Dogs, II

Appie gets pregnant every now and then, and has babies. Floppy (I don’t name the dogs) was one of the last batch that stayed here.

Mother and son.

Floppy and his sister.

Playing with Jinny.

Floppy helping with the laundry clip.

Floppy sick; his final night.

The day he died, I wrote a few notes:

The puppy died today. “The puppy’s gone,” W tells me as I return from the market in the morning. He pulls back the metal barrier to the dog house to reveal the puppy, stiff, with eyes open, as though looking beyond the wooden box. I find this death both predictable and hard to believe and accept at the same time. The other night the puppy lay still in the dirt, and I had taken him for dead at that moment. Or at least that he was on that path, and he himself realized this impending fate. Yet I think that I held out some faith for his recovery despite his wretched appearance and demeanour this week, since we had taken him to the vet twice for IV and various medicines. Just yesterday the doctor had said the survival rate for dogs with this viral infection is 50/50, and this time I really wanted to see the glass half-full. But this morning, the dog is dead from Parvos Virus, at the age of 6 months. It is a jarring sight, to see him still and immobile, this young animal of so much life and vitality, this dog that had jumped off the roof so he could play with the other dogs. To see the spark of life so quickly extinguished, so suddenly absent from this environment, is sad, and quiet.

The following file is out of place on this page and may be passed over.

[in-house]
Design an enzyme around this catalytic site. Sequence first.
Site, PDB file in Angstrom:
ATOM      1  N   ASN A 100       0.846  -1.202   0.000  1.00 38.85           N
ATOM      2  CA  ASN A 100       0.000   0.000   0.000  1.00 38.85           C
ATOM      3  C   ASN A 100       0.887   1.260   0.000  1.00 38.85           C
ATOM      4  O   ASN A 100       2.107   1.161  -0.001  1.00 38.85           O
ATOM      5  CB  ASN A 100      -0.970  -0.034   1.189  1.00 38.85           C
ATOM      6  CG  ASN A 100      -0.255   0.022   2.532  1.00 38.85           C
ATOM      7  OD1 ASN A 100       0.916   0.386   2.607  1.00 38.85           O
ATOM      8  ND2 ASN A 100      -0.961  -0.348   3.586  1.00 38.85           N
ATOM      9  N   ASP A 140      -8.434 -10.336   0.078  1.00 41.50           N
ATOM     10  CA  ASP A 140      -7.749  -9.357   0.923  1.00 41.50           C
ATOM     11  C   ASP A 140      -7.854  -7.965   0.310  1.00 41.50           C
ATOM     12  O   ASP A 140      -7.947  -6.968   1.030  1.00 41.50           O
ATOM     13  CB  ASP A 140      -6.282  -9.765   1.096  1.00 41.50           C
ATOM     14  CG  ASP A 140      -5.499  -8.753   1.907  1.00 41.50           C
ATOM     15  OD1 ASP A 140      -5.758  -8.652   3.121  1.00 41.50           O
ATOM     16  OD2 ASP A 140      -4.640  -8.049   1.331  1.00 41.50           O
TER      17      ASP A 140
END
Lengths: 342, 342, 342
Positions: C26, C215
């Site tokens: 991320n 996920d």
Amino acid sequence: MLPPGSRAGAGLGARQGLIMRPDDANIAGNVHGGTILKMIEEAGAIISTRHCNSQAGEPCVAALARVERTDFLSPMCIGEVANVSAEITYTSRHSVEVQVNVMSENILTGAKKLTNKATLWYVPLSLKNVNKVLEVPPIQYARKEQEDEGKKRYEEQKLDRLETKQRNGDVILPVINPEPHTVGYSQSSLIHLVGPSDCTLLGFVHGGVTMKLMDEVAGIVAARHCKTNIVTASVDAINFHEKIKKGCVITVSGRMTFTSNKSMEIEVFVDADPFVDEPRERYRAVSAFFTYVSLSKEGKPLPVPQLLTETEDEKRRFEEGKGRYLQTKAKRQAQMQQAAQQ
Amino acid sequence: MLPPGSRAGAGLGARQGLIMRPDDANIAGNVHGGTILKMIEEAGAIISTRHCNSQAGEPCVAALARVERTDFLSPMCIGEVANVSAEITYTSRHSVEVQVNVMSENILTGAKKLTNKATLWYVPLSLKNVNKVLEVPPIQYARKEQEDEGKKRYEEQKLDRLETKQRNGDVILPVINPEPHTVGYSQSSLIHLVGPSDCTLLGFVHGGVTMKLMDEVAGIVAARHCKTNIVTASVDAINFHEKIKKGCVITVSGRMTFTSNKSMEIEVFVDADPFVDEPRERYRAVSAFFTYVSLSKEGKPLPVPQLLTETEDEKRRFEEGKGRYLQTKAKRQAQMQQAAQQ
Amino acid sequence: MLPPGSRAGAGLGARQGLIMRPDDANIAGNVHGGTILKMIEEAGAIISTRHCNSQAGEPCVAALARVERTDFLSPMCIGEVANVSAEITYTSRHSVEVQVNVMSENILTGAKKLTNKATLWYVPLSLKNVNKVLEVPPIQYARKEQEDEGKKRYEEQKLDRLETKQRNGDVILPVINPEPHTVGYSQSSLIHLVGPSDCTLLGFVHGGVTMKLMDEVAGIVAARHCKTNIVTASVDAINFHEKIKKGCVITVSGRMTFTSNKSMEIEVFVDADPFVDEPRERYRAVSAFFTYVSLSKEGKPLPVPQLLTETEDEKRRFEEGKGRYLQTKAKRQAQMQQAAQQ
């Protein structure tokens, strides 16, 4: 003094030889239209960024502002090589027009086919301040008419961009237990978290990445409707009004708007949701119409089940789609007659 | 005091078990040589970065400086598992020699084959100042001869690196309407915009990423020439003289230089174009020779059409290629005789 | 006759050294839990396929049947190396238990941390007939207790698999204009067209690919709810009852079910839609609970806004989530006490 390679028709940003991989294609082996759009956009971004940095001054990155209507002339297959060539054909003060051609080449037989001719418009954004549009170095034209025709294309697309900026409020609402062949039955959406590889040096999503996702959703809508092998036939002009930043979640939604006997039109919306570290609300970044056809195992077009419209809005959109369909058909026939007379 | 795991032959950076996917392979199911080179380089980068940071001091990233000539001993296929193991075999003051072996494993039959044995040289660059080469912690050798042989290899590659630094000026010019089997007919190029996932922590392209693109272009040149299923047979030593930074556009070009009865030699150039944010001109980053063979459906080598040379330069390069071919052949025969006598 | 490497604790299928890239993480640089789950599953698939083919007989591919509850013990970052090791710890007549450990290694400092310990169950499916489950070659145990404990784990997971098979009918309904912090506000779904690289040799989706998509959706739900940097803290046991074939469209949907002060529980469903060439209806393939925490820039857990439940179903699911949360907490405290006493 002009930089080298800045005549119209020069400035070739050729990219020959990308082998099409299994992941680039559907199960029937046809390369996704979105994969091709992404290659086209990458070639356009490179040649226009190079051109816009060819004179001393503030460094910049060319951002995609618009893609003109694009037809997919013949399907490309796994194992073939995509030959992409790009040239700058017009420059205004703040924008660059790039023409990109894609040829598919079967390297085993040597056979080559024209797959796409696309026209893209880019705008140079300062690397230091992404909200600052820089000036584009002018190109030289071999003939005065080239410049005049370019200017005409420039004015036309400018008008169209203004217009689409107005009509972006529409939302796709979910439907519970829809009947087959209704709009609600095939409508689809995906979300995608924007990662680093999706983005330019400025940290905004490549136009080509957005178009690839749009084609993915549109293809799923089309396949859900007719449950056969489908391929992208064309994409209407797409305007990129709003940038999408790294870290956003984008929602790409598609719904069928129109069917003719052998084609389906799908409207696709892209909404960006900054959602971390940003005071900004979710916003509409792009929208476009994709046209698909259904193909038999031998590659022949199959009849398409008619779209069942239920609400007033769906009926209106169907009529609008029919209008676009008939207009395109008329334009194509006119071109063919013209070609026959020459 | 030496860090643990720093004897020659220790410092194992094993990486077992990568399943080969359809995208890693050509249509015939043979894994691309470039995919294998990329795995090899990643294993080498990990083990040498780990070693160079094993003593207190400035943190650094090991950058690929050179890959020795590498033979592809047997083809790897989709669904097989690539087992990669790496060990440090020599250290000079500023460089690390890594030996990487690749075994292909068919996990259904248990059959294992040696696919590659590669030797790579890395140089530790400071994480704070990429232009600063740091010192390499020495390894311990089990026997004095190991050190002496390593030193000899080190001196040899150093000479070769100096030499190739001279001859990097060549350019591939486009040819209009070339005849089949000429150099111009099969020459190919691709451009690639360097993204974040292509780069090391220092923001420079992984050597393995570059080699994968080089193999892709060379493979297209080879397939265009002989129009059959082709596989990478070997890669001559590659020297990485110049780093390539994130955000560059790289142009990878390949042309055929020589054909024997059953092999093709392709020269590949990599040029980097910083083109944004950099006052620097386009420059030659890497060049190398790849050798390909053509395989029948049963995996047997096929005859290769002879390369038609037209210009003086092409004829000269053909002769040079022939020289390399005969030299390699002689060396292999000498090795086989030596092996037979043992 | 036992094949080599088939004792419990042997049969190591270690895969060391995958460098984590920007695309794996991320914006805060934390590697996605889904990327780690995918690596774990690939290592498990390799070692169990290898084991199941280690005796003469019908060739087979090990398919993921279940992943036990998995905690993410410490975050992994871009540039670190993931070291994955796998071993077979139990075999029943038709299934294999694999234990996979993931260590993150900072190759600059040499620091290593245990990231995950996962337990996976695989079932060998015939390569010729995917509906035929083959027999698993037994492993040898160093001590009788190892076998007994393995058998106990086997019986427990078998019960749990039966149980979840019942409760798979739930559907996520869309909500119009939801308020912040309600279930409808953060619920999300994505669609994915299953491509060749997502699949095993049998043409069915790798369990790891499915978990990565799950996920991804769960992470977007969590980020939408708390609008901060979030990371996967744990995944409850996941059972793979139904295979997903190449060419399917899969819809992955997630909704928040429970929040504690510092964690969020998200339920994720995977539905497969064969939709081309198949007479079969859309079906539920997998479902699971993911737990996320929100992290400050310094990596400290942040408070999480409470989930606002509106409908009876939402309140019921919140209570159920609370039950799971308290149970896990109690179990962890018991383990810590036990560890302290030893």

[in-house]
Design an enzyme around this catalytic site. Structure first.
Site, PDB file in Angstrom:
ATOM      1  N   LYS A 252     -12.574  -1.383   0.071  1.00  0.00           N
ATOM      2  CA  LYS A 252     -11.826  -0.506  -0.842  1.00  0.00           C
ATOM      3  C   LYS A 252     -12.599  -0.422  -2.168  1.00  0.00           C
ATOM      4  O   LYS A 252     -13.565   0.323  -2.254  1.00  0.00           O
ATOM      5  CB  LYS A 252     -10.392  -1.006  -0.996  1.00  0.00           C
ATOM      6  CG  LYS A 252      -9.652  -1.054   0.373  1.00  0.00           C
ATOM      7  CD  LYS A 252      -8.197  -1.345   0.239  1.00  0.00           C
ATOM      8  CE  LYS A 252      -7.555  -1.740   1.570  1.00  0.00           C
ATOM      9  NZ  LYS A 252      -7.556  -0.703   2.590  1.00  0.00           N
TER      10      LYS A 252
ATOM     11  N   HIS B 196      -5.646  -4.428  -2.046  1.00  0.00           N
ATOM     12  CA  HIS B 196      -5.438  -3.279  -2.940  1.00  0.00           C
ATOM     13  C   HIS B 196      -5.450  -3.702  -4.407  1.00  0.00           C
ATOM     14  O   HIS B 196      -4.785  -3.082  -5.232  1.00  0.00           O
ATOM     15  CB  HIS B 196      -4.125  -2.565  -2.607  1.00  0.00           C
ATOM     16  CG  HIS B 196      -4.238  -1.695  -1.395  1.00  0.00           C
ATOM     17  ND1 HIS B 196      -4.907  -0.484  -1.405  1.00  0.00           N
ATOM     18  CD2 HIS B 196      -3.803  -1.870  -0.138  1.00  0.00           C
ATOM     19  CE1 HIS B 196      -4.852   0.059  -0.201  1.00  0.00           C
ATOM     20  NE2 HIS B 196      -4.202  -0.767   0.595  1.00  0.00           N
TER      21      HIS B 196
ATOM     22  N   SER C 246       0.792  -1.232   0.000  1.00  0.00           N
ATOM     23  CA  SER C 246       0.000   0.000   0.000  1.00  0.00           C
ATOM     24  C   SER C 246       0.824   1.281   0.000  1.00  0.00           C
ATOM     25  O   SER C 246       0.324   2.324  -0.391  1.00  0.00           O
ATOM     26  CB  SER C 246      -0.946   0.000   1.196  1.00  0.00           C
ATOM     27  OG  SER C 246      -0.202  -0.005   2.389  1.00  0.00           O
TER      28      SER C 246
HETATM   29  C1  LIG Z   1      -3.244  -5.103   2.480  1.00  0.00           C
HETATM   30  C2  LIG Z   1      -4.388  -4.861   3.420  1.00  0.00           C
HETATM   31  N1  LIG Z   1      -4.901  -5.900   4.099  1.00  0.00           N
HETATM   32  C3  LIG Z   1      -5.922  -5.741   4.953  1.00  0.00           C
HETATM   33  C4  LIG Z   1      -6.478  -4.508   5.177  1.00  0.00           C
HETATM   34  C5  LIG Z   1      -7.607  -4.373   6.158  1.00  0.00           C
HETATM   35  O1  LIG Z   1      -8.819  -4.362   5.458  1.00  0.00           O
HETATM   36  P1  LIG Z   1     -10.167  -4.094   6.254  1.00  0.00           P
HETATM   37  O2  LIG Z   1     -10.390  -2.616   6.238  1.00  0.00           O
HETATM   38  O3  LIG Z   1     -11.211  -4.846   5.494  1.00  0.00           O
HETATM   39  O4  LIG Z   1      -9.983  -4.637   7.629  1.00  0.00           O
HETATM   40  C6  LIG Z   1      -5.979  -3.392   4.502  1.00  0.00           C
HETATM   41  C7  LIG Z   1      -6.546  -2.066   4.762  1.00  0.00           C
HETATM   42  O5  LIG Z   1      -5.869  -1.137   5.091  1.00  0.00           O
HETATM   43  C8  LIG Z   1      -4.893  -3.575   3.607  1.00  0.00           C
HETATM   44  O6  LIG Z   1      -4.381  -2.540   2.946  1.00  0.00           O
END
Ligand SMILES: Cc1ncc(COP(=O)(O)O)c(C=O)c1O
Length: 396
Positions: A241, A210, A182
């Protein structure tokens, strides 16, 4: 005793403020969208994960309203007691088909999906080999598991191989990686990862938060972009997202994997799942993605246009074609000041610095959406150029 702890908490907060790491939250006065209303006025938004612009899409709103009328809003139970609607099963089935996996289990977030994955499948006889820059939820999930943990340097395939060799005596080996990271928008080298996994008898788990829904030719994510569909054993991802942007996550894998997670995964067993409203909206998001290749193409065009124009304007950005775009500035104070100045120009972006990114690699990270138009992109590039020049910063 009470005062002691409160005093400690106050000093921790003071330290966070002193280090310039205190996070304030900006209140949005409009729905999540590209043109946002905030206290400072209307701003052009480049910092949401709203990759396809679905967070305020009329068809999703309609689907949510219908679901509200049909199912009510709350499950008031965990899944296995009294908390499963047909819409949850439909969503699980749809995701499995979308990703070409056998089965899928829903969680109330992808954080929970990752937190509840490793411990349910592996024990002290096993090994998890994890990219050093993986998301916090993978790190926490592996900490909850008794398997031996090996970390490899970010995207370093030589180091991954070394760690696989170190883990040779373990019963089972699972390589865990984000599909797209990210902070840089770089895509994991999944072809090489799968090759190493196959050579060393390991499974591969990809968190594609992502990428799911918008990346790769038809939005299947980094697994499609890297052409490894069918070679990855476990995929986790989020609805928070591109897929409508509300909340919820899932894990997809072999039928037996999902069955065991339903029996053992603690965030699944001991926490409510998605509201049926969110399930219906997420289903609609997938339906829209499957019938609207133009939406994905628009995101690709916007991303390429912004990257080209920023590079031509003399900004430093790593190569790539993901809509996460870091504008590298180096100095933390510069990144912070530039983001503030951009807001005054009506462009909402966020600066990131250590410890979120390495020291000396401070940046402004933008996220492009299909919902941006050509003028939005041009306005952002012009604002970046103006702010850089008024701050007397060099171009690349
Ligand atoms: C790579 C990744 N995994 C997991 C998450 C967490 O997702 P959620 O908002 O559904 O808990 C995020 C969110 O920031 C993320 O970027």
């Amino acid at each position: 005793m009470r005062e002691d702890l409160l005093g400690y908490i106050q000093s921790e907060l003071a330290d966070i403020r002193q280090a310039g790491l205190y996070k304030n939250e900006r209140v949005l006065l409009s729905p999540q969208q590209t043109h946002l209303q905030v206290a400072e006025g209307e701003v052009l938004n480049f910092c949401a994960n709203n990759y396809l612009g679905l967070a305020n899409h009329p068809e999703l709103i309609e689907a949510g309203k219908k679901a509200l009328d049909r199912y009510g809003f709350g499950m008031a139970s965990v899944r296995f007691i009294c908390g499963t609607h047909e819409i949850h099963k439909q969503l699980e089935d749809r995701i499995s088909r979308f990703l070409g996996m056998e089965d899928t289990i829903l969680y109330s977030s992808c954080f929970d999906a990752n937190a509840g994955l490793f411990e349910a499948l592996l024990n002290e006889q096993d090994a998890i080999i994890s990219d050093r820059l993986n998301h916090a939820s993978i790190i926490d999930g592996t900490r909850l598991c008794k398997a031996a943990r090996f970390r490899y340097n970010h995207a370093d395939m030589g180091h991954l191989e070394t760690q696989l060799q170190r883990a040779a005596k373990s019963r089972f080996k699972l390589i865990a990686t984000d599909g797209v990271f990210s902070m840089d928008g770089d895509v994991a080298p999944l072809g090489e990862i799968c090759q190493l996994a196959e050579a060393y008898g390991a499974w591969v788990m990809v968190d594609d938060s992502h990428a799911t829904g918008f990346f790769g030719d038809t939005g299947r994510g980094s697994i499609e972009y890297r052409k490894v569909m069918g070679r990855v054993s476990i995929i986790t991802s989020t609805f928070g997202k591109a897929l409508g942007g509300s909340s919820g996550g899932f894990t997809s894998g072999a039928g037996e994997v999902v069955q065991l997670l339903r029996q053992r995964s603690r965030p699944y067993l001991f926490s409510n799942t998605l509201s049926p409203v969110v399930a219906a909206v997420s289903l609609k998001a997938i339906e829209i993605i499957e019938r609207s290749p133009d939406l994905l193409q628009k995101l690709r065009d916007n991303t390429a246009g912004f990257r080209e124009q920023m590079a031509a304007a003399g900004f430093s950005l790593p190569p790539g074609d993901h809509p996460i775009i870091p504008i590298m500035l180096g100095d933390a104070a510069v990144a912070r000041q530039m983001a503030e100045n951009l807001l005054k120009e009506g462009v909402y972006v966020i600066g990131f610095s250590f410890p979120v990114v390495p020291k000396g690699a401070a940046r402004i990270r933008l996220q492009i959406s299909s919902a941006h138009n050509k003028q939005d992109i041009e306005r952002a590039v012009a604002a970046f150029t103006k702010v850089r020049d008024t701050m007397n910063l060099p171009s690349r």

Everyone is dying. As D and I pass Bethel Hospital, a woman on the balcony cries out in anguish at the death of a loved one. We can hear it pierce through all the chaos of the traffic jam. Driving around the city, I come across homes that have erected makeshift bamboo structures for funeral services and death anniversaries. Plastic chairs fill opened rooms, from which can be heard the pastor’s somber voice through the crackling speaker system. After the service people gradually filter into another room where food has been set up. People sit, people talk, people eat just like any other day; in fact they’ve probably just seen one another at a similar event not too long ago.


music: john martyn – sunshine’s better



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